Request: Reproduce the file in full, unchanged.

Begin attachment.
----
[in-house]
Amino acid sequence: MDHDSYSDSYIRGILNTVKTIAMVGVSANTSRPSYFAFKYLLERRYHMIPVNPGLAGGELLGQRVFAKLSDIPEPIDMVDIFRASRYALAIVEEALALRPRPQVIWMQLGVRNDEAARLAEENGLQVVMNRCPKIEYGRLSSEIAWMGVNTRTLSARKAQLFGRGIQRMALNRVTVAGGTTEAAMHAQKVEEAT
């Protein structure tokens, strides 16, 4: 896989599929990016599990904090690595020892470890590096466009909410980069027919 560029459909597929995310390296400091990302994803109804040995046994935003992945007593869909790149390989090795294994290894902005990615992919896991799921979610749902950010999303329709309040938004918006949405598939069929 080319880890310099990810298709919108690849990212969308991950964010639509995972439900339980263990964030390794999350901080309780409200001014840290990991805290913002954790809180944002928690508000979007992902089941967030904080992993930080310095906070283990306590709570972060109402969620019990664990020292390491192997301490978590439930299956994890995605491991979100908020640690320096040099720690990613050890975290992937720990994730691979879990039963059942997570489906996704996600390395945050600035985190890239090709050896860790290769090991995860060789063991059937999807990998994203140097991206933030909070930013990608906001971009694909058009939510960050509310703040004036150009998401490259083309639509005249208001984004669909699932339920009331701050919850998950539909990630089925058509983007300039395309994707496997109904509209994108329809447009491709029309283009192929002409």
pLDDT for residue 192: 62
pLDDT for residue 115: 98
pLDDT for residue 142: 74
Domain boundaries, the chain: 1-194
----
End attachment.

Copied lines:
[in-house]
Amino acid sequence: MDHDSYSDSYIRGILNTVKTIAMVGVSANTSRPSYFAFKYLLERRYHMIPVNPGLAGGELLGQRVFAKLSDIPEPIDMVDIFRASRYALAIVEEALALRPRPQVIWMQLGVRNDEAARLAEENGLQVVMNRCPKIEYGRLSSEIAWMGVNTRTLSARKAQLFGRGIQRMALNRVTVAGGTTEAAMHAQKVEEAT
């Protein structure tokens, strides 16, 4: 896989599929990016599990904090690595020892470890590096466009909410980069027919 560029459909597929995310390296400091990302994803109804040995046994935003992945007593869909790149390989090795294994290894902005990615992919896991799921979610749902950010999303329709309040938004918006949405598939069929 080319880890310099990810298709919108690849990212969308991950964010639509995972439900339980263990964030390794999350901080309780409200001014840290990991805290913002954790809180944002928690508000979007992902089941967030904080992993930080310095906070283990306590709570972060109402969620019990664990020292390491192997301490978590439930299956994890995605491991979100908020640690320096040099720690990613050890975290992937720990994730691979879990039963059942997570489906996704996600390395945050600035985190890239090709050896860790290769090991995860060789063991059937999807990998994203140097991206933030909070930013990608906001971009694909058009939510960050509310703040004036150009998401490259083309639509005249208001984004669909699932339920009331701050919850998950539909990630089925058509983007300039395309994707496997109904509209994108329809447009491709029309283009192929002409």
pLDDT for residue 192: 62
pLDDT for residue 115: 98
pLDDT for residue 142: 74
Domain boundaries, the chain: 1-194